Ronald Reagan and Alan Moore: Great Minds Think Alike?

Ronald Reagan was famously conservative; Alan Moore’s politics are less famous but still widely enough known: the British writer is an anarchist. But as Matt Yglesias reminds us, there is an interesting overlap between the thinking of the two men. (Spoiler alert for those who haven’t read Watchmen; you might not want to read any further).

The plot of the Watchmen involves the end of the Cold War after a faked alien invasion unites humanity.

Reagan, too, often used the idea of an alien invasion as a heuristic pedagogical tool to argue that Cold War difference could be easily settled.

“At our meeting in Geneva, the U.S. President said that if the earth faced an invasion by extraterrestials, the United States and the Soviet Union would join forces to repel such an invasion,” Mikhail Gorbachev noted on February 17, 1987, wryly adding:  “I shall not dispute the hypothesis, though I think it’s early yet to worry about such an intrusion…” 

(More examples of Reagan talking about hypothetical space aliens can be found here).

Reagan to his credit had a real horror of nuclear war, which made him think about scenarios that could lead to peace. His willingness to talk to the leaders of the Soviet Union, much criticized by his hawkish conservative supporters, was his most praise-worthy political trait.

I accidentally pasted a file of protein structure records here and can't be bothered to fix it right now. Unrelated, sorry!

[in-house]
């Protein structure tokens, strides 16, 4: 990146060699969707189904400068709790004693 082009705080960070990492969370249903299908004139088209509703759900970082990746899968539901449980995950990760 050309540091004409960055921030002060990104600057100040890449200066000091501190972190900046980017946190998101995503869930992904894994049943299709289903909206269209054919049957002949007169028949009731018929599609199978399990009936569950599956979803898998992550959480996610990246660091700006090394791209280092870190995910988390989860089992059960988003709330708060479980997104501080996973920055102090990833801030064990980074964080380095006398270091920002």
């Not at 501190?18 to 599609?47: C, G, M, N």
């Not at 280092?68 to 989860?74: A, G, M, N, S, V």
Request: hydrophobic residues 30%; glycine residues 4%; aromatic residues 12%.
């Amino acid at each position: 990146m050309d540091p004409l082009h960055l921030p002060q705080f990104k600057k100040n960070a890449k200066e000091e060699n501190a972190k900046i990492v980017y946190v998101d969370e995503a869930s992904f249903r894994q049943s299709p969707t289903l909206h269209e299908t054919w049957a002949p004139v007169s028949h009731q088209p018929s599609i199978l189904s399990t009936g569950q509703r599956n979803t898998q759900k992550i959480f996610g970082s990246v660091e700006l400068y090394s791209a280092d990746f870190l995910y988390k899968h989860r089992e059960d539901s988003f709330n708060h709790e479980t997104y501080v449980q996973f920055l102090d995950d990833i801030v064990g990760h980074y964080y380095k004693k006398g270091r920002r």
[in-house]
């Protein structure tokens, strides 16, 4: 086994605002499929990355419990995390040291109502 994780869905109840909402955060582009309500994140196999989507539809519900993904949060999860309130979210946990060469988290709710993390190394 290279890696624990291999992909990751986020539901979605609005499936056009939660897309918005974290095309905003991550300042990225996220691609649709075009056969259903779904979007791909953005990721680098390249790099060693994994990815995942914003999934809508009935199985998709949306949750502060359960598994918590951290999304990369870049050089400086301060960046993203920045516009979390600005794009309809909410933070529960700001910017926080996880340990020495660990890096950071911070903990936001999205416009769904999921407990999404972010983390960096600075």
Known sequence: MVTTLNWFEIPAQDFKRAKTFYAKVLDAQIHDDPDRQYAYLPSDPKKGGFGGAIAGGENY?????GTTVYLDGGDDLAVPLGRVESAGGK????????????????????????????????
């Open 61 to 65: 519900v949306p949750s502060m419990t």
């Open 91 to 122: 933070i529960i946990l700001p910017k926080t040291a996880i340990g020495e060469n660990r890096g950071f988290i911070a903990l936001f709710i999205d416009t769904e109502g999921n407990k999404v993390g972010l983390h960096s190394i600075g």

Carter Scholz, in the hostile review of Watchmen quoted in an earlier post, drew an interesting connection between real world political thinking and Moore’s fantasy: “And, alas, the world is full of indecent politicians masquerading as super-heroes, and their plots are even cruddier than Moore’s. Which may in fact be the twisted point of Watchmen after all: as in the despising alleys of sub-literature below, so above in the marbled halls of polity. A thought to leave all of us a’shudder.” But as it happens, in this case the overlap between public policy and pulp fiction had a happy outcome.

3 thoughts on “Ronald Reagan and Alan Moore: Great Minds Think Alike?

  1. I’m going to have to track down this Scholz review, which I’m not remembering myself at all, but this amuse-bouche skirts libelously close to authorial fallacy: say, rather, that there is an overlap in the thinking of Reagan and Ozymandias.

    Damn, sir, but you are actually making me feel sorry for Alan Moore. —I’m trying to figure out what’s happened in the world that makes it sane to read the ending of the book as “Yay! The superheroes have saved us once again!”

  2. Alan Moore’s “Watchmen” is a brilliant defense of Left fascism. It mainly works by lampooning American society, culture and history, so it attacks Western liberalism obliquely – the idea that eventually is got across is that the enemies of the Left, no matter how much integrity or principle they have on their side, no matter how lucid or rational their arguments, inevitably deserve only a quick death. Because otherwise the world will be destroyed.

    Reagan didn’t so much topple the Left in Russia so much as oversee the collapse. The Soviet Empire was a self-created hell of Marxist manufacture. That the Left for decades have been advocating exactly such a hell, calling it “paradise”, is a source of great embarrassment for them – as it should be – but like neo-Nazis who deny the Holocaust, they are not quite willing to give up on their monstrous amoral dreams of power and so wish to remake their legacy.

    “Watchmen” creates a fantasy world that is especially appealing to such people. This is why Alan Moore is so enthusiastically lauded. As for Reagan, I doubt he’d even heard of Alan Moore during his lifetime.

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